Are there any problems if using a shared repository between SVN and Git, without git-svn?


In our distributed development teams, we have a centralized SVN repository placed remotely which is used for multiple teams committing there source code. In order to improve local performance, we have decided to use Gerrit (certainly Git instead of SVN) for our code review process, therefore we’re setting a Git’s master as a “HUB” interoperating with remote SVN repository.


Typically, the workaround to this problem is gitsvn. However, the branch cloned via git-svn has a different folder structure rather than traditional “.git”, which can NOT be recognized by Gerrit.

Workaround at present

So we adopt a means looking a bit naive..

  1. Check out remote SVN repository.
  2. At exactly the same directory as SVN working copy, git clone the counterpart git repository. So in this directory there’s also a “.git” besides “.svn”.

    $ svn co http://remote.svn.repository/some_project

    $ cd some_project

    $ git clone --no-checkout git_reop ./tmp

    $ mv ./tmp/.git ./ # Move .git directory to SVN working copy.

    $ rm -rf ./tmp

    $ git reset --hard HEAD # This is tricky to tell git I want to use this directory as unstaged.


Are there any problems if using a shared repository between SVN and Git, only by pull the Git repository into the same directory as SVN working copy without git-svn?

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  • 2 Solutions collect form web for “Are there any problems if using a shared repository between SVN and Git, without git-svn?”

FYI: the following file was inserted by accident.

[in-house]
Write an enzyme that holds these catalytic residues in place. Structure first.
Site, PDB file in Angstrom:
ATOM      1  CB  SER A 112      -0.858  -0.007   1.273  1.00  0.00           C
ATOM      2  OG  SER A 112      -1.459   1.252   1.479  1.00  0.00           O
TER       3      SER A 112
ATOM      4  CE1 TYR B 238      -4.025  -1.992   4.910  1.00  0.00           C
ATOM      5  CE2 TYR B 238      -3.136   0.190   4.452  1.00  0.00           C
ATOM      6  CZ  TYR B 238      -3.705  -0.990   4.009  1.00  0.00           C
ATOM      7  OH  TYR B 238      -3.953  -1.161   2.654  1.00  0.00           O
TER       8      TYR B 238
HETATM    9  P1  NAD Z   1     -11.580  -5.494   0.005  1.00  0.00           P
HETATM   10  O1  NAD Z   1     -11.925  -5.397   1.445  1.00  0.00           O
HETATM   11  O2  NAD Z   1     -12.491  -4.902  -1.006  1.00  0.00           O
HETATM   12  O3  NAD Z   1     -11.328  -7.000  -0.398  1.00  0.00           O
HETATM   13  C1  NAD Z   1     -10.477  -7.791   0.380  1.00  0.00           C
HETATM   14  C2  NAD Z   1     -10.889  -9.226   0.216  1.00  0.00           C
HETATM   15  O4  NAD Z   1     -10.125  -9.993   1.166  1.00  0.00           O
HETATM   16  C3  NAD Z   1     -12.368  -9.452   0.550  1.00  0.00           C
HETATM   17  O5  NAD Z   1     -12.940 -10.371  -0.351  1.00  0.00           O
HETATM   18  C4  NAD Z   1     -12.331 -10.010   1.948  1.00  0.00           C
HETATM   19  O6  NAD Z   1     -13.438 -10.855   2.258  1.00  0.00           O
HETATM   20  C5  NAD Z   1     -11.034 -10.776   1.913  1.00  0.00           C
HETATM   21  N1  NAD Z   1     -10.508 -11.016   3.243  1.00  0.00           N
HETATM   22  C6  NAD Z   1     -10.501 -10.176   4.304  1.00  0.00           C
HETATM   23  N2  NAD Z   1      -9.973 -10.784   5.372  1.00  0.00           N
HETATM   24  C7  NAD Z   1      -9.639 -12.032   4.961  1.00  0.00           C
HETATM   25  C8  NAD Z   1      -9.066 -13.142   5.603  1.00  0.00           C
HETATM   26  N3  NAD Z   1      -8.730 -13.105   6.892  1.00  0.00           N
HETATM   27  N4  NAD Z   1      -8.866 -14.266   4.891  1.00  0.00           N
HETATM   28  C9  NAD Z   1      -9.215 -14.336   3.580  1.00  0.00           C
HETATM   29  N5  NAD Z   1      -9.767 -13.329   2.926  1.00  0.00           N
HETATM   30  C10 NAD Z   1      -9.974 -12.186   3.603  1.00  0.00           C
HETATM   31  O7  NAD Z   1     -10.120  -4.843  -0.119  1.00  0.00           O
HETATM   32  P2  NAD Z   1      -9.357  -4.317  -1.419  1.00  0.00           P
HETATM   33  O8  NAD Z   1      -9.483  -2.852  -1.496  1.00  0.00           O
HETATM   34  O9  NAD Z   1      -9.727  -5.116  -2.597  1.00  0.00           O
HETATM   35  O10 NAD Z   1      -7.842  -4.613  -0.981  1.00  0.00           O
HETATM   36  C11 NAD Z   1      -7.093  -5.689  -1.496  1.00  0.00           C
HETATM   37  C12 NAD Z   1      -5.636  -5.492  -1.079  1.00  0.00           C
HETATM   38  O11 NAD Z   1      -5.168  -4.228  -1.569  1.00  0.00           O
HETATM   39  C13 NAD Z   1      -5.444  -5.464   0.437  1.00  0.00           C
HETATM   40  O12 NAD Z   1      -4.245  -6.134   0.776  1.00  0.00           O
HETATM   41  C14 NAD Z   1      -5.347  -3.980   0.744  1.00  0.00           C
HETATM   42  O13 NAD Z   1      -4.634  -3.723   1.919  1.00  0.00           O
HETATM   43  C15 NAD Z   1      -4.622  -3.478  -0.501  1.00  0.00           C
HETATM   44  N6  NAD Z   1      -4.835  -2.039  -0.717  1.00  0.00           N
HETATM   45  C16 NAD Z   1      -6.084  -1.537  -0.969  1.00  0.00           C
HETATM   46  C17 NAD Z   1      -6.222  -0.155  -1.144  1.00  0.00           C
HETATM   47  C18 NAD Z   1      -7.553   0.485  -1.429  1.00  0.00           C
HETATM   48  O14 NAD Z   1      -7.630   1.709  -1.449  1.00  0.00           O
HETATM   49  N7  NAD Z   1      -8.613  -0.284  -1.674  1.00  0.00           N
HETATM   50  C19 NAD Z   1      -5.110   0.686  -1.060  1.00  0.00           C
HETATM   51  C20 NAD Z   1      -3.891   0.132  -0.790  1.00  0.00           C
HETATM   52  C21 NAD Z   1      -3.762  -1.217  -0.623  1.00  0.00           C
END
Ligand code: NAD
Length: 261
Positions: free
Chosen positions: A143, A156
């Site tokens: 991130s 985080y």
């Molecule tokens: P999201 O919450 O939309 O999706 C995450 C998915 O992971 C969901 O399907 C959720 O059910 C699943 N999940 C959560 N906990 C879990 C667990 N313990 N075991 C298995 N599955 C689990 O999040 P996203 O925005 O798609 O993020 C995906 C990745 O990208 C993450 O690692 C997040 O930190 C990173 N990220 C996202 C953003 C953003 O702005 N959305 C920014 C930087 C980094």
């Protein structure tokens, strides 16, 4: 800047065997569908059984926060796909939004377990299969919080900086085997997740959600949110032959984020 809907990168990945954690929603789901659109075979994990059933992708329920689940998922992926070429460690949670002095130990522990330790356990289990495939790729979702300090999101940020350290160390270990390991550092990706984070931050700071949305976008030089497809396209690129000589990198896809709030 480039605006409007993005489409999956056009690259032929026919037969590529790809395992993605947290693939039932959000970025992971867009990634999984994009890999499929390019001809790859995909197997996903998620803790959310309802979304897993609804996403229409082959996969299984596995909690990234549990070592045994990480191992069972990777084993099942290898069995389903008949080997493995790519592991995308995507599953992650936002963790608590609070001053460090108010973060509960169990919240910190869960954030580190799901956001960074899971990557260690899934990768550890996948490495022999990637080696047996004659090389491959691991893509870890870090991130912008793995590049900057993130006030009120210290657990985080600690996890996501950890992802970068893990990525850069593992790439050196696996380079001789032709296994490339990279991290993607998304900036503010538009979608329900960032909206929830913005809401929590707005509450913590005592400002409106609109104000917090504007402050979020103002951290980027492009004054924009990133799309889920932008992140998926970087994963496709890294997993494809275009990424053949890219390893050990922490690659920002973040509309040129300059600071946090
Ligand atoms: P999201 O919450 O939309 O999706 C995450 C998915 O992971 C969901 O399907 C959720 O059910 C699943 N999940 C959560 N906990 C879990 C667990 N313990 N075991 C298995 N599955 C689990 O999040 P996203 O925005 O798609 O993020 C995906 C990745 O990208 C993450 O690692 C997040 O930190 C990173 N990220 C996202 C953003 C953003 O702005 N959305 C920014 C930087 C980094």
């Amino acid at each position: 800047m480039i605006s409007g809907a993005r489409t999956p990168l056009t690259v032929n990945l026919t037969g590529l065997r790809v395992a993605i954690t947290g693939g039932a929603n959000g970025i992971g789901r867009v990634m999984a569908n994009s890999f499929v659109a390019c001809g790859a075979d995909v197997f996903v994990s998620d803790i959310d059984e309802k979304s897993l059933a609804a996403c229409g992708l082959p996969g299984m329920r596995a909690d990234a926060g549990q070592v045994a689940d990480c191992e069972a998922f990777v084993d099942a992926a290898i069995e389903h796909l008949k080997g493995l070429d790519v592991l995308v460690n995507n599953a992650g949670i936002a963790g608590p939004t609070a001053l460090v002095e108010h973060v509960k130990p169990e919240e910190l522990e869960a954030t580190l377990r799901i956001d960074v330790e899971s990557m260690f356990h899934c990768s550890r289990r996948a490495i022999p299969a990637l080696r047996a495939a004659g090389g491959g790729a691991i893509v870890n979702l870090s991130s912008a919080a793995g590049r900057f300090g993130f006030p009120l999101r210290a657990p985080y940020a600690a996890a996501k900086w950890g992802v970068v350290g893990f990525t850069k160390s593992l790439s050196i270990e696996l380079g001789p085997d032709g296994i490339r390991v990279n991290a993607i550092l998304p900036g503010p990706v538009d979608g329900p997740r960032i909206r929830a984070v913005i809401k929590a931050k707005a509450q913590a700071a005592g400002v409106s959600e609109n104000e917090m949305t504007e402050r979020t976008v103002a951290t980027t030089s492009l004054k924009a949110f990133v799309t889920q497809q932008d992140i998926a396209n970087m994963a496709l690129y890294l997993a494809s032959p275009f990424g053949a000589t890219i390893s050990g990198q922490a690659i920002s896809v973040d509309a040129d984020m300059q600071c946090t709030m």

No real “problem” in that both system can pretty much ignore one another.
    (Except git needs to ignore any .svn/ directory, or the unique .svn/ folder, if you are using the latest SVN 1.8)

    But your git repo must have gotten all the latest changes of http://remote.svn.repository/some_project before being cloned within that repo (in order to be used by gerrit).
    And you can’t retain author and dates with git-svn, I don’t think a manual sync could either, which means your code review system (gerrit) might not be as efficient in those condition (i.e. reviewing changes without knowing the author).

    This approach gets cumbersome quickly as the mapping between Subversion revisions and their Git counterparts is implicit; it also hard to maintain proper correspondence of ignore patterns in Subversion and Git repositories.

    Alternative solution would be using SubGit which is server-side bi-directional Git-SVN mirror. Below is an example on using SubGit 2.0 (currently at EAP stage):

    $ subgit configure --svn-url GIT_REPO
    # Adjust GIT_REPO/subgit/authors.txt to add author names and emails
    # Specify at least one username/password at GIT_REPO/subgit/passwd
    $ subgit install GIT_REPO

    After that GIT_REPO is synchronized with your Subversion repository. You can use any Git client to work with this Git repository: all pushed commits get immediately sent to SVN.

    Additionally, you can setup Gerrit server and work with it as follows:

    $ git init .
    $ git remote add subgit SUBGIT_URL
    $ git fetch subgit
    $ git remote add gerrit GERRIT_URL
    $ git fetch gerrit
    $ git commit -m 'Work in progress'
    $ git push gerrit
    $ git push subgit

    As soon as the last command is issued, corresponding Git commit is translated to SVN revision by SubGit.

    SubGit is a commercial product, but it’s free as long as it’s in EAP stage. I’m one of SubGit developers.

    Git Baby is a git and github fan, let's start git clone.